Like all prescription medications, core and seasonal vaccines come with unique ordering, distribution, receiving, storage and administration requirements. Independent pharmacies should consider the requirements before ordering their first shipment of flu vaccines. For example, planning and ordering flu vaccines for the next flu season starts before the previous flu season ends. That annual buying cycle needs to be incorporated into the pharmacy’s business plan to ensure it has enough flu vaccines on hand to meet demand.

Five Steps for Independent Pharmacies to Start a Vaccine Program 2Pharmacies should know the storage requirements for the vaccines they intend to administer. The CDC has guidelines for each type. Some require refrigeration. Others require freezing. That requires a way to monitor temperatures.

In terms of physical space, pharmacies may want to create a private area in which they administer vaccines to patients. That could be something as simple as a privacy curtain. It also could be something like a private exam room.

4. Recognize the impact on workflow and make adjustments to minimize business disruptions

Pharmacies should think about and walk through their workflows prior to starting a vaccine practice. How will the pharmacy take walk-ins? Will all the pharmacists be trained? If not, how will appointments be made?

As most experienced immunizing pharmacists can attest, actually giving a dose of a vaccine takes the least amount of time during the entire process. More time is spent by patients and pharmacies completing medical history forms, filling out consent forms, checking and verifying insurance benefits, copying health insurance cards and identification cards, billing for services and arranging and making payments.

Pharmacies should assign the most appropriate person to perform each task, ideally having technicians and other staff do most of the non-clinical work and leaving the pharmacist to administer the vaccine. The goal is not to disrupt the normal workflow of taking, filling and dispensing prescriptions and refills but integrate this new service into the workflow seamlessly.

5. Launch a multichannel marketing campaign to promote the immunization program

It’s important for independent pharmacies to promote their programs via multichannel marketing campaigns. The first channel is targeted at existing pharmacy patients. Those tactics include boards outside the pharmacy, signage inside the pharmacy at all customer checkout points and prescription bag stuffers for patients who pick up regular medications.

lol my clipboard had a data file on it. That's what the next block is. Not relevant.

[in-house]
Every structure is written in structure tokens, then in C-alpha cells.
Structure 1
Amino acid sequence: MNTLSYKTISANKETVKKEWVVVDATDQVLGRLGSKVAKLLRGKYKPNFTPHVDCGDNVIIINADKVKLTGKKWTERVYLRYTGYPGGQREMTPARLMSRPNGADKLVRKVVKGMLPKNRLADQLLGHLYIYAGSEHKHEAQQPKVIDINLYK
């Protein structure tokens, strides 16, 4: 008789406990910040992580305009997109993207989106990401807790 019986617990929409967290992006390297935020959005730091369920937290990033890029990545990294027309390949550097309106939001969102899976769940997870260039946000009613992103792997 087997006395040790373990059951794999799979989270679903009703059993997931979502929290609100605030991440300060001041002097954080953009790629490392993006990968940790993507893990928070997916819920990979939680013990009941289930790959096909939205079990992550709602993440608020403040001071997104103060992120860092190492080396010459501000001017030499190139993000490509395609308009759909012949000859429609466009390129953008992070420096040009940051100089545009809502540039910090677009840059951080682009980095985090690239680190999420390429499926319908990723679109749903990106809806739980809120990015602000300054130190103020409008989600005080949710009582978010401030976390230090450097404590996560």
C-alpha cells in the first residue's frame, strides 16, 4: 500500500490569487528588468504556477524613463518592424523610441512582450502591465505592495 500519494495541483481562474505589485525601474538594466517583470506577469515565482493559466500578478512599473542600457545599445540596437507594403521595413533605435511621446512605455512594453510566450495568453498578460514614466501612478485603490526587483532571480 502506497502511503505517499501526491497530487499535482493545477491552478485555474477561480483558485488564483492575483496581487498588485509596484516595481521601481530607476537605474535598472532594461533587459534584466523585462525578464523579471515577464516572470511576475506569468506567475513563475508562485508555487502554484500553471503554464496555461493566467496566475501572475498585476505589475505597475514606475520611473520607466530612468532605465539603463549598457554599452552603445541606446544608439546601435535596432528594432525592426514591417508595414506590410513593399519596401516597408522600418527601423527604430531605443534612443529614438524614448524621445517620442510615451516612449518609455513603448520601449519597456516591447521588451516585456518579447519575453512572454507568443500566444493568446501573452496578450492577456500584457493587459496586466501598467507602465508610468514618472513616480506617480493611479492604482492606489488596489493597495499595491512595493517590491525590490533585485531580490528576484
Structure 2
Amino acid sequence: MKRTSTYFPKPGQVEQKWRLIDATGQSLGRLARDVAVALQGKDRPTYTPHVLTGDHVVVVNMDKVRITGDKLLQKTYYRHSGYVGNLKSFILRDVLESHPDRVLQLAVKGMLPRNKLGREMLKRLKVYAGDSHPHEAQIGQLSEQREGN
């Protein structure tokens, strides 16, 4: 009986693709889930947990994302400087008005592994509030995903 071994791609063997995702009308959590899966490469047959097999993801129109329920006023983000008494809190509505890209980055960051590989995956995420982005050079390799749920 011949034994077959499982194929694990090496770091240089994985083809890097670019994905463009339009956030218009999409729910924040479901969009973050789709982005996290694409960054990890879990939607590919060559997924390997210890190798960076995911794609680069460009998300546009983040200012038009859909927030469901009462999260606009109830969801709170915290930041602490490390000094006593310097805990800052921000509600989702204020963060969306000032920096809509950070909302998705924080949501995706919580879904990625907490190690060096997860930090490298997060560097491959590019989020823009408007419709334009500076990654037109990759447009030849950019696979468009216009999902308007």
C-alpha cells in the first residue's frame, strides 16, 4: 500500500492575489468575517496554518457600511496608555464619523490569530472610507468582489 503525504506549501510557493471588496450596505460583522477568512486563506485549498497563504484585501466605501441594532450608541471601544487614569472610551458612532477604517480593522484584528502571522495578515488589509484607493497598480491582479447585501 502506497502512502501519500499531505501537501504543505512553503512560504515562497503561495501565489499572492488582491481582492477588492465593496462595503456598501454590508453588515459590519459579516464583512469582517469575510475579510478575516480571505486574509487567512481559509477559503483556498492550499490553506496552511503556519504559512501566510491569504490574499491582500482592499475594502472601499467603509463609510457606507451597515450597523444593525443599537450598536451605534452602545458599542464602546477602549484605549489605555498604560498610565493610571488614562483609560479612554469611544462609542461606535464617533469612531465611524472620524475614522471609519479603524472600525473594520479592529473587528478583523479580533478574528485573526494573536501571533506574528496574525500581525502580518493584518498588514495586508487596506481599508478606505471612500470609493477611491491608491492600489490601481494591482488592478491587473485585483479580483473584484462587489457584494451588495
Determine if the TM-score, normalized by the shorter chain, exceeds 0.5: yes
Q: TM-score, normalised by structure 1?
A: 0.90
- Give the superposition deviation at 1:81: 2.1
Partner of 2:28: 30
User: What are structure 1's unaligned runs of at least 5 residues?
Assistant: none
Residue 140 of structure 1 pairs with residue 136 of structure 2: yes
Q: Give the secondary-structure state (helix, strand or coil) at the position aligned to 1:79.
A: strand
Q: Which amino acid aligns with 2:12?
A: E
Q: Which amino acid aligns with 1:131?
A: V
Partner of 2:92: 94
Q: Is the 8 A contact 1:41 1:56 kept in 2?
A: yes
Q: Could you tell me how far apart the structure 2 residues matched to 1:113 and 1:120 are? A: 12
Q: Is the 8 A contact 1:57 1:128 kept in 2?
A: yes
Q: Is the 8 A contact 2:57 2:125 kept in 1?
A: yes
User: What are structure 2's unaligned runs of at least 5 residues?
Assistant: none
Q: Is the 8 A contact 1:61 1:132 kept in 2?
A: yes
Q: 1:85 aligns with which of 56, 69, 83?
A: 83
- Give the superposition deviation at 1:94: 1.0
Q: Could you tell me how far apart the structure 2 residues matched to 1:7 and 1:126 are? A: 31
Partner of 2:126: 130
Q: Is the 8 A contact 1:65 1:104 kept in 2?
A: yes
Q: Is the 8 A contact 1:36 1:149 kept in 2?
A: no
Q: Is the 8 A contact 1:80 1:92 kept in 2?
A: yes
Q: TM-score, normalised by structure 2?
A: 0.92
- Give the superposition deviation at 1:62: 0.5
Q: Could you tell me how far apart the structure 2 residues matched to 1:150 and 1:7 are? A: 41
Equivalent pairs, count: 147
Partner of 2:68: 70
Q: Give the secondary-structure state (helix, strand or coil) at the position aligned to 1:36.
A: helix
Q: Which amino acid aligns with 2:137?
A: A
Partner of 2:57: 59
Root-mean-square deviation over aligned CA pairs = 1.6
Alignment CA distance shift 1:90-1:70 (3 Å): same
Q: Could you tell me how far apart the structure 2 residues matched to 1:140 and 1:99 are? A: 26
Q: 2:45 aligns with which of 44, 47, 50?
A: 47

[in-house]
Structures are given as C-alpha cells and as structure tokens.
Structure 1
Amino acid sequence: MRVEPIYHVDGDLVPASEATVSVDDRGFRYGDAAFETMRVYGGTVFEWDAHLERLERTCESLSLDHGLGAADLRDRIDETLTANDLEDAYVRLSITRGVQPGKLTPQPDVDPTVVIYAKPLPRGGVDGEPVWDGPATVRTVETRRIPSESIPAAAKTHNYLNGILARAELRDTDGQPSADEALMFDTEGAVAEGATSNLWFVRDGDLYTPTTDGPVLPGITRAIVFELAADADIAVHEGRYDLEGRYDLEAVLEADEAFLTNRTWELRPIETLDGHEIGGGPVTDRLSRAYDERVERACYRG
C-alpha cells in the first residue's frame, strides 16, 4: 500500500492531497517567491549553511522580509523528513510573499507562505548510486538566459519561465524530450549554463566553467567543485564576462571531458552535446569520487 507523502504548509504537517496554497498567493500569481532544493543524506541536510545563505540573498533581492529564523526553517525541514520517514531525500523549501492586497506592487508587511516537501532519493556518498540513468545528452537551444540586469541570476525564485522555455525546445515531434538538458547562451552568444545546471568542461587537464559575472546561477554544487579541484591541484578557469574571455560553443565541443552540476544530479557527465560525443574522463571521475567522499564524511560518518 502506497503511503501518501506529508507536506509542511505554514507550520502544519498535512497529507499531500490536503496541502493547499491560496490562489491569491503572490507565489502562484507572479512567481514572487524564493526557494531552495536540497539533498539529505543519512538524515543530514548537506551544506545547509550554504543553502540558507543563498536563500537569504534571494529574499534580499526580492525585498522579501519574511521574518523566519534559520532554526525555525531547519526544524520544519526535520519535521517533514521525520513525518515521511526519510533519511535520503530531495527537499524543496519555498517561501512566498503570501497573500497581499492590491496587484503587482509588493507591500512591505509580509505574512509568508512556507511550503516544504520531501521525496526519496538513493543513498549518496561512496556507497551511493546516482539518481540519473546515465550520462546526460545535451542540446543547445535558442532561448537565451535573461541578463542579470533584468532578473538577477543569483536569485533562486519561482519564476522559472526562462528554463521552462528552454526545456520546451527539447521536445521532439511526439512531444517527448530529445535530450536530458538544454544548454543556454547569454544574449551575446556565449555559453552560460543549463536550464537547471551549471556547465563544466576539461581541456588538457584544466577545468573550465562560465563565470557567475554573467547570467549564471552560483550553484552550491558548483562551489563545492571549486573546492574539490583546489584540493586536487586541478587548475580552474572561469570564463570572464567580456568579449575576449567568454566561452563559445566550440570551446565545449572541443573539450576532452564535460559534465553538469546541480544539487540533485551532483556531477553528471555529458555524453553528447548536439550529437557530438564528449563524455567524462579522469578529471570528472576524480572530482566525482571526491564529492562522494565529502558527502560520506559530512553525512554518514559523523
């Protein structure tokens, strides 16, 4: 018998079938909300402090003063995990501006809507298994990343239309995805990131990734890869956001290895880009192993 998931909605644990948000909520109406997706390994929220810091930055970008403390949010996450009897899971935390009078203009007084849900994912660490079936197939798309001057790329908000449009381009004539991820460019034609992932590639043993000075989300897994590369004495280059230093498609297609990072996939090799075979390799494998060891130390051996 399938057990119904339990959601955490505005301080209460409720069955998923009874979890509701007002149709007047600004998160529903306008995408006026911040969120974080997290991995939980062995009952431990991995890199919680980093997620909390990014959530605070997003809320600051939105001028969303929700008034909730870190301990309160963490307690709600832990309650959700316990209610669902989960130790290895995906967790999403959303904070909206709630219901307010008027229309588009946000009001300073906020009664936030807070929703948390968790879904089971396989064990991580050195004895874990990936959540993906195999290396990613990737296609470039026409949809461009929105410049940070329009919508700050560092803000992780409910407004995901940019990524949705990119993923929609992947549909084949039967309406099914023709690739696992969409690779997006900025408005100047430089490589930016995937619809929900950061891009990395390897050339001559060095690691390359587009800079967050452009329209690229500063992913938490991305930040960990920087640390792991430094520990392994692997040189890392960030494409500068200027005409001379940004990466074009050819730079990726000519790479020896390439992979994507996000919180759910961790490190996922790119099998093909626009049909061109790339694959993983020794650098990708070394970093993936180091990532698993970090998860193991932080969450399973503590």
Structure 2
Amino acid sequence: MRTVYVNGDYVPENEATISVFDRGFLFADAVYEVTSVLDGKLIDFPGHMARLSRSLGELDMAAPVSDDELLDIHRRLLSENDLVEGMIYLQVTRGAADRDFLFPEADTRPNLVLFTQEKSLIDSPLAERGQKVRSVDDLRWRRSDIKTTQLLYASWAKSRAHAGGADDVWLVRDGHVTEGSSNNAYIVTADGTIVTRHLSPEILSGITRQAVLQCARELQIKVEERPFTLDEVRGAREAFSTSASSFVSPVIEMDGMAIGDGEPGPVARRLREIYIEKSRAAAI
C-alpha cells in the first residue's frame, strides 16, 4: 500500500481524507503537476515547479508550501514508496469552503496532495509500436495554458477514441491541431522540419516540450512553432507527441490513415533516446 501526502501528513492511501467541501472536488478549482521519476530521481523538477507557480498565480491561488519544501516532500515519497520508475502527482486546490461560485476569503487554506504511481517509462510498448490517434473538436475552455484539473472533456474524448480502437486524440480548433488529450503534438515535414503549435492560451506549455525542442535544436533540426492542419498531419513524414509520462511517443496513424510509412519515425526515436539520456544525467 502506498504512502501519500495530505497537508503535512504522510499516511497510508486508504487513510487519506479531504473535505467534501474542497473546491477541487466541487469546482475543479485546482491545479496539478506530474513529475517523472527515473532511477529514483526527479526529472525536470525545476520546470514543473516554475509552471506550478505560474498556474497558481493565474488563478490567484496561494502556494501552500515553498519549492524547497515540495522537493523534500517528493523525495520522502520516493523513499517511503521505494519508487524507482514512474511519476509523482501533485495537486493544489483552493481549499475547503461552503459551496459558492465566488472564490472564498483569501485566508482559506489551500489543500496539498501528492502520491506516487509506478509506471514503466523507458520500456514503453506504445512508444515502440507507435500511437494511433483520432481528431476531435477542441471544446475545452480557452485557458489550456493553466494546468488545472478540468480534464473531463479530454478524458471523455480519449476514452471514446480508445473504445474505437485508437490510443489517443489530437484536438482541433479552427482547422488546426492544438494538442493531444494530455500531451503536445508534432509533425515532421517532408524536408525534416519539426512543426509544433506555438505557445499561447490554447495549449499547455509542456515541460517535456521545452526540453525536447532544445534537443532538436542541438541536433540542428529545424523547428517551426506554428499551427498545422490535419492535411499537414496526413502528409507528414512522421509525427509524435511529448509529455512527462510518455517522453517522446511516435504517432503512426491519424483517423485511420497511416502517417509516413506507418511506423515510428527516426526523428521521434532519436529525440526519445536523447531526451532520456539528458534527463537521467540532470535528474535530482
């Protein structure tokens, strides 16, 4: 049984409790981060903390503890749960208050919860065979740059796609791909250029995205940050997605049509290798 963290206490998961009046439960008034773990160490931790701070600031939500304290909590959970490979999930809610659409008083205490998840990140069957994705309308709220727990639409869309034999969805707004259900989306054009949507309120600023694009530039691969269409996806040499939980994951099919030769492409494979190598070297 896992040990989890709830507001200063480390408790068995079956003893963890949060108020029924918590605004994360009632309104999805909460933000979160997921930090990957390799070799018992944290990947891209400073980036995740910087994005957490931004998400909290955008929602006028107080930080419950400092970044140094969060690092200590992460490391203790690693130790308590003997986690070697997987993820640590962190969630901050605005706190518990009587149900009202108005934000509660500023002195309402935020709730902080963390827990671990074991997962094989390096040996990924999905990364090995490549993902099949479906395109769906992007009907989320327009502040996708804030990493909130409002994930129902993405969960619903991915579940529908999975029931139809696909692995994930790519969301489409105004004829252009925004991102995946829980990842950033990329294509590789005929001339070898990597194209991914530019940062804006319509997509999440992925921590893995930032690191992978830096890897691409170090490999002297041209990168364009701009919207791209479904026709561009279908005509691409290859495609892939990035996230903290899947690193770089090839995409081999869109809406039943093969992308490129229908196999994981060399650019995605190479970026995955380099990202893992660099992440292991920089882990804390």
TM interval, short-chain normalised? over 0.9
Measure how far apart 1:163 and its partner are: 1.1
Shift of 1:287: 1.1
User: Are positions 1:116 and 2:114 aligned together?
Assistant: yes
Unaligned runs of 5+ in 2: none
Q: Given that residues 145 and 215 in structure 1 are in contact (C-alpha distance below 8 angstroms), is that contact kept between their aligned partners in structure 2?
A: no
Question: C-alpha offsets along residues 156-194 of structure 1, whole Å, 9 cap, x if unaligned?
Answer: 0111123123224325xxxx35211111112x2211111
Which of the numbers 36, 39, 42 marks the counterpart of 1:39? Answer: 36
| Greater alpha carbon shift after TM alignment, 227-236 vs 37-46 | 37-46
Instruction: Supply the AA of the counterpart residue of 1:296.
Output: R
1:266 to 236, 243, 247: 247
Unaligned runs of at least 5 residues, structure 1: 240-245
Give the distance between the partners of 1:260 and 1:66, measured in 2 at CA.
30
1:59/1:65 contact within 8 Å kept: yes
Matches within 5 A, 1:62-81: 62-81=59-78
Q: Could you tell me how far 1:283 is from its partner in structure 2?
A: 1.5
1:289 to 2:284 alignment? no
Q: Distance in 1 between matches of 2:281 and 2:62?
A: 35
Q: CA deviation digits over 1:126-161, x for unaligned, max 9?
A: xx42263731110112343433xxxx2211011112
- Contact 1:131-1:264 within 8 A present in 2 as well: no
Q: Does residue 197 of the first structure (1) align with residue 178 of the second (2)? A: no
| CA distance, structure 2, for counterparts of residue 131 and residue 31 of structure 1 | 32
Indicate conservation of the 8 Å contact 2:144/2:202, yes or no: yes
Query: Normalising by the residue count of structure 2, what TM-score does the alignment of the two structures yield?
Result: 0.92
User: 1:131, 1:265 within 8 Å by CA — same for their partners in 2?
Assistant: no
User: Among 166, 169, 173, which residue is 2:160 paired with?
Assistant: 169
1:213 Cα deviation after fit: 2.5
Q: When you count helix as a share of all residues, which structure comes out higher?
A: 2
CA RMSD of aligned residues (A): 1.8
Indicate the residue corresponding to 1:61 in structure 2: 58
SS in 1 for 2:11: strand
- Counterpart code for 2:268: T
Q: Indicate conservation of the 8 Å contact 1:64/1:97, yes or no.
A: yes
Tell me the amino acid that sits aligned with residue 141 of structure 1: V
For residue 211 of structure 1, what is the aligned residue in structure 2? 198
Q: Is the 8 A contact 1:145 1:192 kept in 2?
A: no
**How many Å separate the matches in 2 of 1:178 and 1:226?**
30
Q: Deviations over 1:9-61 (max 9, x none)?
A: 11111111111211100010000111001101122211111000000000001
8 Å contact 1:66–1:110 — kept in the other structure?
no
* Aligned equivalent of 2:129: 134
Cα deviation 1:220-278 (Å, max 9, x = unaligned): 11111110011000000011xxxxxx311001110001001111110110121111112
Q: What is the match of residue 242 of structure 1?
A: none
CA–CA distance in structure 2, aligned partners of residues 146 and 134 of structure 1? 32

A second channel could be a targeted call, paper mail or e-mail campaign to a specific demographic in the pharmacy’s market. If the pharmacy is licensed to provide vaccines to children, for example, it may promote the service to school children and their families in August when they’re thinking about what they need to get ready for the upcoming school year.

A third channel should include marketing the pharmacy’s immunization services to local providers that they already have a relationship with, and new providers that have assumed clinical and financial risk under a population-health based contract with a payer. Providers are looking for partners who can help them keep their at-risk patient population as healthy as possible, and one of the best ways to do that is with an effective immunization program.

Vaccine programs can serve as gateways for pharmacies to grow their clinical operations. They can learn what it takes to run a clinical program and become comfortable adding other clinical services to their business. In doing so, they can expand their businesses to succeed in today’s industry.

Related: Learn more about McKesson’s solutions for independent pharmacies

Callie Barr

About the author

Callie Barr is associate program manager of retail pharmacy product development at McKesson. Callie launched and manages two vaccine programs to help McKesson’s independent pharmacy customers run successful vaccine programs in their stores. She has over 5 years of healthcare experience in marketing and program development. She holds a BA in Political Science from Trinity College in Hartford, CT.